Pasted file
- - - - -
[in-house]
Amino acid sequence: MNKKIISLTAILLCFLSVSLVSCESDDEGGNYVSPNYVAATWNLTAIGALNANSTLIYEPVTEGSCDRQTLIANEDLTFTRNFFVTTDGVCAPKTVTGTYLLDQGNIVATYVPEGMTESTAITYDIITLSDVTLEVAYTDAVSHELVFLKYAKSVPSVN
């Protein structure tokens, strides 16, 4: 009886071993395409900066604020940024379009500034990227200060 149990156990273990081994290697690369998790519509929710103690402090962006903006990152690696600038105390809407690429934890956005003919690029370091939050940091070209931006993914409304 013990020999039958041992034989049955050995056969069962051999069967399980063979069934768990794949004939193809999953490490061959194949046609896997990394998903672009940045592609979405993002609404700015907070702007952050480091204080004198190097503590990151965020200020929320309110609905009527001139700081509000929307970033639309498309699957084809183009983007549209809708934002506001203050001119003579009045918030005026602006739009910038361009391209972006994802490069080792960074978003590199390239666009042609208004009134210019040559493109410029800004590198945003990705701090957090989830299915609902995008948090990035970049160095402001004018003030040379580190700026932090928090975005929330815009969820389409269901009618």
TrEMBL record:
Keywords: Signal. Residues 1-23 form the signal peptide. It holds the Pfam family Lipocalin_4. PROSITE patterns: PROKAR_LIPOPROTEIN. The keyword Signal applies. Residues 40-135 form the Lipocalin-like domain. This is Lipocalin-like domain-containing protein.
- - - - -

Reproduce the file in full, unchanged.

[in-house]
Amino acid sequence: MNKKIISLTAILLCFLSVSLVSCESDDEGGNYVSPNYVAATWNLTAIGALNANSTLIYEPVTEGSCDRQTLIANEDLTFTRNFFVTTDGVCAPKTVTGTYLLDQGNIVATYVPEGMTESTAITYDIITLSDVTLEVAYTDAVSHELVFLKYAKSVPSVN
């Protein structure tokens, strides 16, 4: 009886071993395409900066604020940024379009500034990227200060 149990156990273990081994290697690369998790519509929710103690402090962006903006990152690696600038105390809407690429934890956005003919690029370091939050940091070209931006993914409304 013990020999039958041992034989049955050995056969069962051999069967399980063979069934768990794949004939193809999953490490061959194949046609896997990394998903672009940045592609979405993002609404700015907070702007952050480091204080004198190097503590990151965020200020929320309110609905009527001139700081509000929307970033639309498309699957084809183009983007549209809708934002506001203050001119003579009045918030005026602006739009910038361009391209972006994802490069080792960074978003590199390239666009042609208004009134210019040559493109410029800004590198945003990705701090957090989830299915609902995008948090990035970049160095402001004018003030040379580190700026932090928090975005929330815009969820389409269901009618």
TrEMBL record:
Keywords: Signal. Residues 1-23 form the signal peptide. It holds the Pfam family Lipocalin_4. PROSITE patterns: PROKAR_LIPOPROTEIN. The keyword Signal applies. Residues 40-135 form the Lipocalin-like domain. This is Lipocalin-like domain-containing protein.